Digging deep

Mon Jun 1, 2009



Hedge fund philanthropists tap their personal resources to rebuild their foundations, but a lengthy recession, coupled with greater scrutiny of charitable activities by the federal government, could start to take a toll.


Hedge fund philanthropists tap their personal resources to rebuild their foundations, but a lengthy recession, coupled with greater scrutiny of charitable activities by the federal government, could start to take a toll

By Britt Erica Tunick

When oilman-cum-hedge fund manager T. Boone Pickens donated $165 million to his alma mater, Oklahoma State University, in 2005, he vowed to rebuild the university's aging football stadium and develop an athletic village next door. The plan stirred controversy in the small town of Stillwater, Okla., where opponents asked what would happen to all the people uprooted from their homes to make way for Pickens's grand vision. But OSU was making money: Its gift was reinvested in Pickens's BP Capital hedge fund, where it grew to $407 million by the middle of 2008 as oil prices skyrocketed. The potential boon to the college town seemed worth a few displaced homeowners.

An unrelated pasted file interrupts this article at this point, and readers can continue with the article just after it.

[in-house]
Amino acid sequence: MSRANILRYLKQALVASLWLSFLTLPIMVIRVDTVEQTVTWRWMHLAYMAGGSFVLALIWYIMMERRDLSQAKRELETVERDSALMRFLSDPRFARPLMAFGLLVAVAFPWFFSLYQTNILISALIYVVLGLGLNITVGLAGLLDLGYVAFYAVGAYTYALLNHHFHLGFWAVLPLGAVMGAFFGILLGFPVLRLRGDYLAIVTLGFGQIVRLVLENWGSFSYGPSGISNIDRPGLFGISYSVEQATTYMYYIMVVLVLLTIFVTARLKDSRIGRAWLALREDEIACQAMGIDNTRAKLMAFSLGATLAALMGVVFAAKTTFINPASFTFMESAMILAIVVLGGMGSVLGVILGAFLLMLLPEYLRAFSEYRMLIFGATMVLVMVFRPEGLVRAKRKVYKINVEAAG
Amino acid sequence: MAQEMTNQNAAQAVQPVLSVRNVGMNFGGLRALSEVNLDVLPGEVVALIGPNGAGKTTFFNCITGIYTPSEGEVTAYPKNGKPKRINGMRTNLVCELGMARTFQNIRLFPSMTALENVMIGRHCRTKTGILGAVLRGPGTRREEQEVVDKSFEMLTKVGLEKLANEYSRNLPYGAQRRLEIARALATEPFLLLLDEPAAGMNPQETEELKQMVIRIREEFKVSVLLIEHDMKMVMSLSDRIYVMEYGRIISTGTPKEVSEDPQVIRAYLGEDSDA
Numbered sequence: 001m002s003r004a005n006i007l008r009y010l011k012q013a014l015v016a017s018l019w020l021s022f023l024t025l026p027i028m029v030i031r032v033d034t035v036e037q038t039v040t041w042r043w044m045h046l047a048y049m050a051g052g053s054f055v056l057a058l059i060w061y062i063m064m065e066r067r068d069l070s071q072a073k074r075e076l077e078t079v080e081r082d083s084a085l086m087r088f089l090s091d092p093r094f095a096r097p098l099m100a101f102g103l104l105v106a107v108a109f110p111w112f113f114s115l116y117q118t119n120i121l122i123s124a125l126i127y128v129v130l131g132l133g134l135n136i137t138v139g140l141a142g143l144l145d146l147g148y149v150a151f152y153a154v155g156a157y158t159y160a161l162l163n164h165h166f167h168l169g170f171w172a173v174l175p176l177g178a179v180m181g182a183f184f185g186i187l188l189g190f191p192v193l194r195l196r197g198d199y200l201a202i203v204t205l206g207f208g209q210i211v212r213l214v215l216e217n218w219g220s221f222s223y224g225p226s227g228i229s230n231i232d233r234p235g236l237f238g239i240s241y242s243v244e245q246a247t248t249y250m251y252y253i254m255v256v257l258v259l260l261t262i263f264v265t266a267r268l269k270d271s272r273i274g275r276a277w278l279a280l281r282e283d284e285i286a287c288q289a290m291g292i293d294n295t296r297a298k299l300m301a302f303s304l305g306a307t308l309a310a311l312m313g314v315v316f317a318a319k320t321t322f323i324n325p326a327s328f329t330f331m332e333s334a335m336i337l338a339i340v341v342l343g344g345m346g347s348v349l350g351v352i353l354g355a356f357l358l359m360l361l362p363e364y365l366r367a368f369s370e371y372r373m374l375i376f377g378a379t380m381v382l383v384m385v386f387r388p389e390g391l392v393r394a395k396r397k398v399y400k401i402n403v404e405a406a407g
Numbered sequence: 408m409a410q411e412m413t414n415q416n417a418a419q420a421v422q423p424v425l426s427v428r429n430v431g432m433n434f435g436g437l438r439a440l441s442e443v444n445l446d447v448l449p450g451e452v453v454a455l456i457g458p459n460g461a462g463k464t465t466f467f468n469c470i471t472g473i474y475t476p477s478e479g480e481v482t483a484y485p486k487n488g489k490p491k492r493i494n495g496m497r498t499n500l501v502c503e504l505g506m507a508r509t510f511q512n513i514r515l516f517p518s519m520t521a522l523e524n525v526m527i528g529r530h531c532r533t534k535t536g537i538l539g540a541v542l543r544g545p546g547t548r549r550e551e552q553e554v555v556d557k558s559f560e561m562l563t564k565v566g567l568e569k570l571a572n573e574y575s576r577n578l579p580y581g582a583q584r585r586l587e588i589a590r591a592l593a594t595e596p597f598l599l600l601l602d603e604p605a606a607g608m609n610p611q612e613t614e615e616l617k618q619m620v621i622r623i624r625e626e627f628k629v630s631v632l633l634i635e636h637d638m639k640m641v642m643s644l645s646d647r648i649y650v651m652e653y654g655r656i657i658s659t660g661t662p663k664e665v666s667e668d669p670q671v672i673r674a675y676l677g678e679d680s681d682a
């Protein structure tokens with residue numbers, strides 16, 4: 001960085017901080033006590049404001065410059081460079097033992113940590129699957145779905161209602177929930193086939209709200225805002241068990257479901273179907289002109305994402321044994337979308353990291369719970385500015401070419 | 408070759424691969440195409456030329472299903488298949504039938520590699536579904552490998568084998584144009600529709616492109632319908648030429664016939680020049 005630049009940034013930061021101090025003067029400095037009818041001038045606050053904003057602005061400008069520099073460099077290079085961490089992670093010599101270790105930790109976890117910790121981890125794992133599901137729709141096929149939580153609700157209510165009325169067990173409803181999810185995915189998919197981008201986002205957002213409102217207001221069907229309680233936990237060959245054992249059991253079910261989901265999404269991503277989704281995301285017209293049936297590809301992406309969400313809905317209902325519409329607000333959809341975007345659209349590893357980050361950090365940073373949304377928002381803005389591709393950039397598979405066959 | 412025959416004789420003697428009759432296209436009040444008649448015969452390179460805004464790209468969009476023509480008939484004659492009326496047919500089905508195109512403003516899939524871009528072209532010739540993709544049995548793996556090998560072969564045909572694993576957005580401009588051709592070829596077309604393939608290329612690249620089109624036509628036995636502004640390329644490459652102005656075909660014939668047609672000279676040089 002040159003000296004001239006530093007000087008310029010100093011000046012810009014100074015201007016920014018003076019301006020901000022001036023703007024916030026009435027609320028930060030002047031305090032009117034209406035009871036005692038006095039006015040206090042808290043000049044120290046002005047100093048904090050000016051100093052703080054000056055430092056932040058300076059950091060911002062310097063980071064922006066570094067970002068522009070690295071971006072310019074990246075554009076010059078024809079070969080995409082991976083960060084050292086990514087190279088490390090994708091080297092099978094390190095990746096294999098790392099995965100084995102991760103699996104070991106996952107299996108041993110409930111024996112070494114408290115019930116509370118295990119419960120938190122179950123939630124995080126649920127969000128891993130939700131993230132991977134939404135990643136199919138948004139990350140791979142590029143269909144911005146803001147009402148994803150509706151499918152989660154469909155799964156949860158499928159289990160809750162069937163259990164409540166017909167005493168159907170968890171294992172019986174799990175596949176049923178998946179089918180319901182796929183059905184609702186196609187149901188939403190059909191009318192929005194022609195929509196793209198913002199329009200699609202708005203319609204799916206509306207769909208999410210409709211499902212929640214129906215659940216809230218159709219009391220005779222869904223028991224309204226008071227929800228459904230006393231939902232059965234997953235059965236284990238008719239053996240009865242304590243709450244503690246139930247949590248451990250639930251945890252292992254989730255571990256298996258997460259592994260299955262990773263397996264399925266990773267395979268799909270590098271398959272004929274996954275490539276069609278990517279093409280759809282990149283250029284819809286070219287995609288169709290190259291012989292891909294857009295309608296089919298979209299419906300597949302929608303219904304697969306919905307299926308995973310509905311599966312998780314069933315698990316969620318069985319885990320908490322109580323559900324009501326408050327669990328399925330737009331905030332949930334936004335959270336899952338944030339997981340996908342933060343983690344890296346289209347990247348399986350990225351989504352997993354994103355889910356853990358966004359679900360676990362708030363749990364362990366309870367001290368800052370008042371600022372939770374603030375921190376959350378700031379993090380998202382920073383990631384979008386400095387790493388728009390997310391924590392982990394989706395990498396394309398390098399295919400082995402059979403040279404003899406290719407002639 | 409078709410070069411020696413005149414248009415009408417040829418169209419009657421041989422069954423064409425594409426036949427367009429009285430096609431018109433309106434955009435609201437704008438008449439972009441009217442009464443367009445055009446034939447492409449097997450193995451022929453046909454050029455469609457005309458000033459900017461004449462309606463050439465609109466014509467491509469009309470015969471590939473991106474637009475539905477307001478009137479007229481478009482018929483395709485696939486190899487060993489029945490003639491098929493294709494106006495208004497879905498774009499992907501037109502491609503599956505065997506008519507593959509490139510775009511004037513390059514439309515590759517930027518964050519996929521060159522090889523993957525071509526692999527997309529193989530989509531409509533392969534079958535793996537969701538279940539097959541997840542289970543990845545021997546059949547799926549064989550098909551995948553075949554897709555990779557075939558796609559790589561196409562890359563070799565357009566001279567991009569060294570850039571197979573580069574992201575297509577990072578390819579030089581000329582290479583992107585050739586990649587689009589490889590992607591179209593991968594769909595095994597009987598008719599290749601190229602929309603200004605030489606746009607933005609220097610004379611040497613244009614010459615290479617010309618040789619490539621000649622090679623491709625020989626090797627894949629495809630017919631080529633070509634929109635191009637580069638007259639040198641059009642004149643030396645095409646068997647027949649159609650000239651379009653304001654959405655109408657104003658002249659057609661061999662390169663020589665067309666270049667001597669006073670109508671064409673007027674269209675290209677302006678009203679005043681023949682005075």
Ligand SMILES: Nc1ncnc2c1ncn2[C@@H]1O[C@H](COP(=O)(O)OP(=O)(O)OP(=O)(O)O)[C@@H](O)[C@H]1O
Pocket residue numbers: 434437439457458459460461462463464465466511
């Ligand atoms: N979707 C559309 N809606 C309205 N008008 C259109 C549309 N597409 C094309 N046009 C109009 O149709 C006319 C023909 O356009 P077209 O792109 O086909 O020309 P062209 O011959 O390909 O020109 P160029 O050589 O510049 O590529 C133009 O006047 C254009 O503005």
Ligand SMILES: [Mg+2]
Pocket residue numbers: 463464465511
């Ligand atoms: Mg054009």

That was before energy...

TAKE A FREE TRIAL

The full contents of this article are available to active AR subscribers and trialists only.

To continue reading please,
take a free trialsubscribe or log in to AR.

Subscribe

Subscribers have unlimited access to all current and archive content. Start your subscription today - click on the button below.

Subscribe now